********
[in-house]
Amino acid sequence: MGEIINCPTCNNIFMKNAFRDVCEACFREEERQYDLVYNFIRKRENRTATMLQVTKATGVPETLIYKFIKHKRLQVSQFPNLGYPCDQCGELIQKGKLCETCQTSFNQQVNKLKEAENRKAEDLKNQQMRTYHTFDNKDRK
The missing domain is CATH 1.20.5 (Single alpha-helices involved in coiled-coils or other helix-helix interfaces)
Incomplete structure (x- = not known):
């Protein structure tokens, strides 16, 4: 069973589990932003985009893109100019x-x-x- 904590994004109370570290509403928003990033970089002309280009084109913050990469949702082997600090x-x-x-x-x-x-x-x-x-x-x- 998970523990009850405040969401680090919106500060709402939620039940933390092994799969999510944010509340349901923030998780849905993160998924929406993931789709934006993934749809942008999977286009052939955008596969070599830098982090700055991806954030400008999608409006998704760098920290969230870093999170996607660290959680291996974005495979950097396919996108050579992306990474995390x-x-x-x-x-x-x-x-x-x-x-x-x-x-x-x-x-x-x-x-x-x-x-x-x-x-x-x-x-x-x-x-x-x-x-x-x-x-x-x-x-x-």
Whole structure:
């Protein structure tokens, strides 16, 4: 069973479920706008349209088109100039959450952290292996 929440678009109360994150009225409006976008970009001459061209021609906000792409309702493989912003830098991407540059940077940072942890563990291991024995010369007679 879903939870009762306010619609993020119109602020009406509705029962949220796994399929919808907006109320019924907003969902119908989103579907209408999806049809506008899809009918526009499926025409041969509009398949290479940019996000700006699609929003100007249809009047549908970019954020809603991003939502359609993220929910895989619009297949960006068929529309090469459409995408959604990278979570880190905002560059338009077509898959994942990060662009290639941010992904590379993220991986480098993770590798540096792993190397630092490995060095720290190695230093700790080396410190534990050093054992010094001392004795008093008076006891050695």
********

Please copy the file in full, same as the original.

[in-house]
Amino acid sequence: MGEIINCPTCNNIFMKNAFRDVCEACFREEERQYDLVYNFIRKRENRTATMLQVTKATGVPETLIYKFIKHKRLQVSQFPNLGYPCDQCGELIQKGKLCETCQTSFNQQVNKLKEAENRKAEDLKNQQMRTYHTFDNKDRK
The missing domain is CATH 1.20.5 (Single alpha-helices involved in coiled-coils or other helix-helix interfaces)
Incomplete structure (x- = not known):
């Protein structure tokens, strides 16, 4: 069973589990932003985009893109100019x-x-x- 904590994004109370570290509403928003990033970089002309280009084109913050990469949702082997600090x-x-x-x-x-x-x-x-x-x-x- 998970523990009850405040969401680090919106500060709402939620039940933390092994799969999510944010509340349901923030998780849905993160998924929406993931789709934006993934749809942008999977286009052939955008596969070599830098982090700055991806954030400008999608409006998704760098920290969230870093999170996607660290959680291996974005495979950097396919996108050579992306990474995390x-x-x-x-x-x-x-x-x-x-x-x-x-x-x-x-x-x-x-x-x-x-x-x-x-x-x-x-x-x-x-x-x-x-x-x-x-x-x-x-x-x-």
Whole structure:
């Protein structure tokens, strides 16, 4: 069973479920706008349209088109100039959450952290292996 929440678009109360994150009225409006976008970009001459061209021609906000792409309702493989912003830098991407540059940077940072942890563990291991024995010369007679 879903939870009762306010619609993020119109602020009406509705029962949220796994399929919808907006109320019924907003969902119908989103579907209408999806049809506008899809009918526009499926025409041969509009398949290479940019996000700006699609929003100007249809009047549908970019954020809603991003939502359609993220929910895989619009297949960006068929529309090469459409995408959604990278979570880190905002560059338009077509898959994942990060662009290639941010992904590379993220991986480098993770590798540096792993190397630092490995060095720290190695230093700790080396410190534990050093054992010094001392004795008093008076006891050695």